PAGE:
The Premier has earned the praise and support of the social justice set.
WHO'S afraid of John Brumby? Well, the social justice set has been - until now.
A shockwave went through Victoria's welfare lobby last winter when Steve Bracks and John Thwaites abruptly quit politics. The fear was that Brumby would bring to the Premier's office a harder edge, turning Labor away from the fight against poverty.
After all, Brumby had become Labor's key to the top end of town, the de facto head of the pro-development, pro-business group in cabinet who often clashed with Thwaites, the champion of social justice and unofficial leader of cabinet's wetter, greener types.
But Brumby has always believed the welfare lobby's suspicions were based on a misreading of him. "I'm very committed to tackling disadvantage - that's why I'm in the Labor Party and not in the Liberal Party, right?" he said in an interview with this columnist during his first week as Premier.
Since then, Brumby has worked assiduously to flesh out his social policy credentials. He's done it in words and, more importantly, in actions. His success can be gauged by the fact that Rhonda Galbally, matron of the social justice set, now declares Brumby's Victoria to be the national role model as Kevin Rudd and Julia Gillard pursue their "social inclusion" agenda.
The young John Brumby, studying to become a teacher, was heavily influenced by the 1975 Ronald Henderson inquiry into poverty. Henderson said then: "(Poverty's) continuance is a judgement on the society which condones conditions causing poverty." Brumby says now: "Social progress is a journey without a final destination … there is always another child needing an education, another family needing health care, another person with a disability needing support and access, another refugee needing help to start a new life and, unfortunately, another family needing protection from violence."
Brumby draws on his experience in three of the most disadvantaged pockets of Victoria: the old gold mining town of Eaglehawk, on the fringe of Bendigo, where he first taught; the Latrobe Valley, which he studied closely several years ago; and Broadmeadows, which he represents in Parliament.
The gold had long gone from Eaglehawk by the time Brumby arrived in 1976; it was now the second poorest urban area in Victoria. "Eaglehawk Secondary College fought against the continuance of disadvantage," he told the Australian Council of Social Service national conference in April. "The school … worked to engineer better conditions for its students through before-school and breakfast programs, sports programs, linking up with the community health centre, and linking up in all sorts of other ways with the local community. What Eaglehawk taught me was that two of the best ways to overcome disadvantage are, first, through education and, second, through community building."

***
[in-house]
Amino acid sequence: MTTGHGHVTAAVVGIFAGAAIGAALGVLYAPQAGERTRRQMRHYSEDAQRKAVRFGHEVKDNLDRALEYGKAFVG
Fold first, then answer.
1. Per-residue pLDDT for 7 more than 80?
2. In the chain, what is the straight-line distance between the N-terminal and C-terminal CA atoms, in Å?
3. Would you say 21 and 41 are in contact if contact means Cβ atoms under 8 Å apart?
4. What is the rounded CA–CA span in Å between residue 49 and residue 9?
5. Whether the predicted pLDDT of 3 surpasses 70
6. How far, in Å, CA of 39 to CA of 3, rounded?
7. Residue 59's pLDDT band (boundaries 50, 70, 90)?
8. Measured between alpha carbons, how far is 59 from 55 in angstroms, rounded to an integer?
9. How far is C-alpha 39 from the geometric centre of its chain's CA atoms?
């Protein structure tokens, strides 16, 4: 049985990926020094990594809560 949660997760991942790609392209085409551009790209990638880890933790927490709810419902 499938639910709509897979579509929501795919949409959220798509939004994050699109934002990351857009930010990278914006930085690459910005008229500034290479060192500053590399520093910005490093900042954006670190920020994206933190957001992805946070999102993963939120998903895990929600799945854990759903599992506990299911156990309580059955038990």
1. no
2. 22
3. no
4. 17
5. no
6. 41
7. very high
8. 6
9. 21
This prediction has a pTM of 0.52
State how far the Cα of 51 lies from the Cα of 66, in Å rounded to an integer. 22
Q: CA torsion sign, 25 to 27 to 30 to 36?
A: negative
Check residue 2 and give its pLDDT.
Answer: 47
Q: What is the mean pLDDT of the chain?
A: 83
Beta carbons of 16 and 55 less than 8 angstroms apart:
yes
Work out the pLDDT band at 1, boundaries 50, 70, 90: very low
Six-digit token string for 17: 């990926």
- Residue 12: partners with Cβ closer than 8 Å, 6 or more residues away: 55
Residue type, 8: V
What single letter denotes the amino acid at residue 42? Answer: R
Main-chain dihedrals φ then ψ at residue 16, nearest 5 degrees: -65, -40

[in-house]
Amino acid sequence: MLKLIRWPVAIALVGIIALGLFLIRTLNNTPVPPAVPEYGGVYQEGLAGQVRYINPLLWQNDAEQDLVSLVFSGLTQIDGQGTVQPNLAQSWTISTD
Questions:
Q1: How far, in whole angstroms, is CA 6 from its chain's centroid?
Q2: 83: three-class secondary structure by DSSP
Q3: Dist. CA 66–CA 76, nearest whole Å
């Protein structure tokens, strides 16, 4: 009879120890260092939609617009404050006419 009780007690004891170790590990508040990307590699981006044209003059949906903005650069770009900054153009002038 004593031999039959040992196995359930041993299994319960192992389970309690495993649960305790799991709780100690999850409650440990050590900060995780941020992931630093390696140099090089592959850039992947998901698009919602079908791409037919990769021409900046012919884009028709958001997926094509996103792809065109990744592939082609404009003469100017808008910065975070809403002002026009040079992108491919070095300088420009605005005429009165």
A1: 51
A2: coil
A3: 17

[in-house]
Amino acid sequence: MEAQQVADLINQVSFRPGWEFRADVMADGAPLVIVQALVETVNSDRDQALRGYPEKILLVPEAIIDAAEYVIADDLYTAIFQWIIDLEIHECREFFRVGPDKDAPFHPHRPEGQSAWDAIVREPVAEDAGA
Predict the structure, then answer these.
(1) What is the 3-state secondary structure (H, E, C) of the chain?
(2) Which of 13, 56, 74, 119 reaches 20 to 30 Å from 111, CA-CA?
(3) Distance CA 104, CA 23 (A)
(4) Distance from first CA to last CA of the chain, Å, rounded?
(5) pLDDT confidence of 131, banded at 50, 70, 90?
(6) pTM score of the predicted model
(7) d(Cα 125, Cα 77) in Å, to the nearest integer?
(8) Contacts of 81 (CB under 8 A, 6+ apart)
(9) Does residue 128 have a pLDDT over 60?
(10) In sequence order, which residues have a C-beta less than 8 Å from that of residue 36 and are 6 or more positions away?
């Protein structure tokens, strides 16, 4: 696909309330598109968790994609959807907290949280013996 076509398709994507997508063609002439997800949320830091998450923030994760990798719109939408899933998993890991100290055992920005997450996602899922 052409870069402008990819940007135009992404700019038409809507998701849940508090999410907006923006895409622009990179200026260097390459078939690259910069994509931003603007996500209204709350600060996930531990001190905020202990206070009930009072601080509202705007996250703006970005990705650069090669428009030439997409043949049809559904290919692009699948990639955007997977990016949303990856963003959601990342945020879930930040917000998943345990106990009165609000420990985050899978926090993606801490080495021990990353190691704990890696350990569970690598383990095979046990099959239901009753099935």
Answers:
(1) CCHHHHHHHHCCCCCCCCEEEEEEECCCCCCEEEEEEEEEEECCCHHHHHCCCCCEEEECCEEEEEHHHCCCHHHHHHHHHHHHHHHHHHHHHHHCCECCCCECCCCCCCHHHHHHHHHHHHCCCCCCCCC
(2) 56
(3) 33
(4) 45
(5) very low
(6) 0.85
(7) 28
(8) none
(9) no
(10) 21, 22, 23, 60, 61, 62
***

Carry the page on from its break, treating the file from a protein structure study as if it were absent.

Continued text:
The lessons learned at Eaglehawk came into play in 2001 when Bracks asked Brumby to chair the Government's Latrobe Valley taskforce. The valley was doing it tough: unemployment was through the roof, residents were fleeing to Melbourne, and houses in Moe and Morwell were selling for as little as $20,000. After a three-month study, Brumby's taskforce made 50 recommendations for social and economic revival. The Government backed the plan with $100 million. The biggest project involved training and employing locals to rejuvenate social housing. It was the forerunner of the Government's "neighbourhood renewal" program, now operating around the state.
"In a way, the Latrobe Valley taskforce encapsulates our Government's approach to the community and the economy. We see the two as inextricably linked," Brumby told his ACOSS audience. "What I've always said about the economy - whether it's financial management or job creation or infrastructure investment - is that it's a means to an end … and that end is a stronger, fairer society.
"You want a strong economy because you understand that economic growth creates the capacity for better services and social infrastructure, like hospitals, schools and community centres. But you also understand that you can't have a strong economy without a strong community - that while economic growth may pay for social progress, social progress enables economic growth."
Fine words come cheap, but these ones are backed with big dollars. Brumby lists the $500 million allocation to public and social housing in last year's budget - several times bigger than even the social housing lobby's ambit claim - as one of his proudest achievements as treasurer. And last month's budget, his first as Premier, injected a further $1 billion into the "A Fairer Victoria" program that is now being studied by Prime Minister Kevin Rudd.
Recognising the strong link between poor health and poverty, Brumby has allocated more than $400 million to reducing chronic disease. There is $225 million to help people in the poorest postcodes in the state - more of those "neighbourhood renewal" projects that had their genesis in the Latrobe Valley. Acknowledging education as a bridge from poverty to prosperity, the Government is devoting $200 million to poor and "at risk" students. And there's $163 million for early childhood programs, again with a bias towards "at risk" children.
Brumby says his aim is to make this state the best in the nation, and adds: "Victoria can't be the best place in Australia unless it's also the fairest place in Australia." Rhonda Galbally, that admirably hard-to-please campaigner for the downtrodden, is on board. She says Brumby's "brave policy action plan" is making Victoria fairer.
She sees no reason to be afraid of Victoria's new Premier.
Paul Austin is state political editor.
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